US Mass Market Paperback
Publication Date: 02-01-2001
243 Pages; $6.99
Date Reviewed: 10-13-03
Reviewed by: Rick Kleffel © 2003
'Mort' is the fourth novel in Terry Pratchett's Discworld series and the first devoted exclusively to Death. It's a tight, funny little fantasy about Death. If this sounds like a contradiction in terms, then you've not read Pratchett yet, or even heard about him. As one who prefers to read series in chronological order, as written, if you haven't read any Discworld novels yet, then 'The Color of Magic' is the best place to start. That said, 'Mort' is also an excellent introduction to one of the most beloved characters in Discworld, Death. Pratchett does more in 'Mort' than have fun with a familiar anthropomorphic personification. He satirizes love stories while writing a perfectly enjoyable love story. He satirizes employment while writing of a mid-life (or death) career change, lets roll one gorgeous description after another and serves up jokes with an unparalleled ease. He effortlessly re-invents fantasy while subverting the genre.
As 'Mort' starts, the titular teenager, whose picture is in the dictionary next to both "gangly" and "geek", has been dragged to the local job fair by his father to be shopped off as someone else's assistant. Mort and his father wait until the final stoke of midnight, when a tall and very thin gentlemen -- just bones, no skin -- shows up with the offer of a lifetime: an opportunity to be Death's apprentice. Mort gets the job, but the opportunities for love are more interesting than the chances to deal death.
'Mort' extends and finesses the borders and details of Discworld while providing a very straightforward plot that will keep the pages turning relentlessly. Pratchett really lays on the lush language in his wide-angle descriptions of life in Discworld, but focuses most importantly on a limited cast of characters, bringing the reader even into the heart of Death himself. Pratchett manages to do all this without even really having a specific antagonist beyond the circumstances created by the characters as they make one ill-informed choice after another. As Mort learns the trade, he grows in ways both good and ill. Death experiences his own version of humanity, while his adopted daughter, Ysabel and Death's chief cook and bottle washer, Albert, find their way towards a destiny inside, not outside of time.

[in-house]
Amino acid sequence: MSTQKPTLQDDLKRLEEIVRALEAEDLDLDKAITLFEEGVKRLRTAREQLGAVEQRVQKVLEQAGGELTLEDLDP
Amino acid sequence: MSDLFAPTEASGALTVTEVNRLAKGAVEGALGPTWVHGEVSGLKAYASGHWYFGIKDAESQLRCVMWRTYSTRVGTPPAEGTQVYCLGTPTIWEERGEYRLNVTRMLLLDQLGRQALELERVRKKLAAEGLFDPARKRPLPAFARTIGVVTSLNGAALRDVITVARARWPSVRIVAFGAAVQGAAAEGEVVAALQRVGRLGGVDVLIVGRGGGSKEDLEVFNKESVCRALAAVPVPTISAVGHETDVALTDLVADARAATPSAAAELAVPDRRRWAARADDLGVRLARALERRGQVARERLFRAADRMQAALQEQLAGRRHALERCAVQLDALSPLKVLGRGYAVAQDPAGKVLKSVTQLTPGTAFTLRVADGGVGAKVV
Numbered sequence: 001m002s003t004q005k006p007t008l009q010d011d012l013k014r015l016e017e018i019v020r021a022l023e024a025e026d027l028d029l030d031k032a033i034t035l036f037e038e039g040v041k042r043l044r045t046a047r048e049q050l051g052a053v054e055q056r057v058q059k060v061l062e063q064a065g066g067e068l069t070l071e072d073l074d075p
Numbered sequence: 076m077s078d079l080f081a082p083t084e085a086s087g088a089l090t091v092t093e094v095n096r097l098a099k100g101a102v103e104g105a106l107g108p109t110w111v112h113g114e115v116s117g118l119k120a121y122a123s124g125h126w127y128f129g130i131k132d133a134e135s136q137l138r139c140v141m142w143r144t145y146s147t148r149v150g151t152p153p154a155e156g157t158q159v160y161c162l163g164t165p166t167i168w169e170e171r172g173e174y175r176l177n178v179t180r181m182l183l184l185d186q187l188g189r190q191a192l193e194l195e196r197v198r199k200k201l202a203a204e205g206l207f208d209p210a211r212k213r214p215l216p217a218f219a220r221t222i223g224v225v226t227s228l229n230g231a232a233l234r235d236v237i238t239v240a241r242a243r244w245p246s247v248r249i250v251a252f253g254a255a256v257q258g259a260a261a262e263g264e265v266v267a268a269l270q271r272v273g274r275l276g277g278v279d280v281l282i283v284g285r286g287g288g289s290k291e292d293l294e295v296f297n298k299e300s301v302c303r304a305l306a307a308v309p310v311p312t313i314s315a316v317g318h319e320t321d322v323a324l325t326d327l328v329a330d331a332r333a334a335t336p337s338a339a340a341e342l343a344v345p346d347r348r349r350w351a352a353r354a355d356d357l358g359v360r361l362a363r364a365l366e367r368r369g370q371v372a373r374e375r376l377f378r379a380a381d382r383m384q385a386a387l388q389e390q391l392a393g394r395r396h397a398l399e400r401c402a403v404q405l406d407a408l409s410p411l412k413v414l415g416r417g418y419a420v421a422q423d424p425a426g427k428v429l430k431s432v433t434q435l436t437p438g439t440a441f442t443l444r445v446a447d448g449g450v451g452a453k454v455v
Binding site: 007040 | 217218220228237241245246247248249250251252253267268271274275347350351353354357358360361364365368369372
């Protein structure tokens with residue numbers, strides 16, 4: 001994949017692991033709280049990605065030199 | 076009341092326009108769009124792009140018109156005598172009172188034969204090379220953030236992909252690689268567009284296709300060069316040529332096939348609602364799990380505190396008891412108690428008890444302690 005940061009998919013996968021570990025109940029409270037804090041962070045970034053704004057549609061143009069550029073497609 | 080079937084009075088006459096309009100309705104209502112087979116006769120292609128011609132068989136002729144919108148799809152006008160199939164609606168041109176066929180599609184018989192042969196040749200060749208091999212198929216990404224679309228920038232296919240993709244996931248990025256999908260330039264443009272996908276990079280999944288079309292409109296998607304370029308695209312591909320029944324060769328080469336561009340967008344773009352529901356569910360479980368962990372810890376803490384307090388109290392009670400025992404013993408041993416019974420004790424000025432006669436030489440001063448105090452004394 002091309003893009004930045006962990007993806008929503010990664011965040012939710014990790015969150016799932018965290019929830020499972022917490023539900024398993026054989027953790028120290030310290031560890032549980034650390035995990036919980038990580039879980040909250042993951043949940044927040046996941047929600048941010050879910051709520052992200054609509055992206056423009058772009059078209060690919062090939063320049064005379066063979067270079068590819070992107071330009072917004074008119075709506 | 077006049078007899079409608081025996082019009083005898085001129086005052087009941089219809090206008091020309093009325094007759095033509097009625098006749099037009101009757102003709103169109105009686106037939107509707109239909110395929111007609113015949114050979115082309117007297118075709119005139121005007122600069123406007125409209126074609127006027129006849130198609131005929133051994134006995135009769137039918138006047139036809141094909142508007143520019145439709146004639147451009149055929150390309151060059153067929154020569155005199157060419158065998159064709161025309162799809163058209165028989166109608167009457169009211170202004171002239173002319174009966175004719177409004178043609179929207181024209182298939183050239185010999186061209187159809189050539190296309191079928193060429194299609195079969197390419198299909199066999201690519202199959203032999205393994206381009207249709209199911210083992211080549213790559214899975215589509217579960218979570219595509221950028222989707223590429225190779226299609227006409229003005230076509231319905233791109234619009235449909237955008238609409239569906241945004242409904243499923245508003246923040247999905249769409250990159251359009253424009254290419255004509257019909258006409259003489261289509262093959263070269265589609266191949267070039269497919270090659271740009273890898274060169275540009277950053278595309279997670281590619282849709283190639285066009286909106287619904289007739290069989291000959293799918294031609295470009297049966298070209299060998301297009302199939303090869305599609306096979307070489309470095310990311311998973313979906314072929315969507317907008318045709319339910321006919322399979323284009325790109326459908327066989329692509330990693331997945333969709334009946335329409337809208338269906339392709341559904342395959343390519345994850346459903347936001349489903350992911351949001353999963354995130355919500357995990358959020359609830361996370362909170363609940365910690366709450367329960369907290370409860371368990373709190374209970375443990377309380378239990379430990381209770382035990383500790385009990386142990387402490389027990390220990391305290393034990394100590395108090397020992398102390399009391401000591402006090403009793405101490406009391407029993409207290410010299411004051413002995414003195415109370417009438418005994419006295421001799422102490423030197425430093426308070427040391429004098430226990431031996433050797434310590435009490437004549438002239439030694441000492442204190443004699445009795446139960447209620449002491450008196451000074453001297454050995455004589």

'Mort' finds Pratchett stepping away from the strictly heroic fantasy-specific satire and towards something equally enjoyable but a bit more universal and even literary. He succeeds by virtue of making the reader care about and enjoy each character, no matter how small or incidental they might at first seem to be. Once he's invoked sympathy for the characters, the humor is funnier, the emotions more poignant, the tension more stressful and the resolution more satisfying. Mort's growth out of gangly-hood is both rewarding and frightening. If you've ever watched a teenager grow up, you'll recognize the symptoms. But even more enjoyably, Pratchett puts Death through some changes as well. Having created Death as an Anthropomorphic Personification, Pratchett succeeds at turning him into a character with whom the reader can sympathize, no small feat when speaking of the Grim Reaper.
'Mort' benefits as well from a tension inducing plotline that keeps the pages whizzing by as the reader strives to find out how Pratchett can resolve the crumbling situations he's set in motion at the beginning of the novel. That Pratchett can do so in a manner satisfying to readers is something of surprise; that he can do so in a manner satisfying to the characters is something of a triumph. 'Mort' thoroughly succeeds at the seemingly impossible task of bringing Death to life, while bringing life to Pratchett's own unique intersection of fantasy and literature.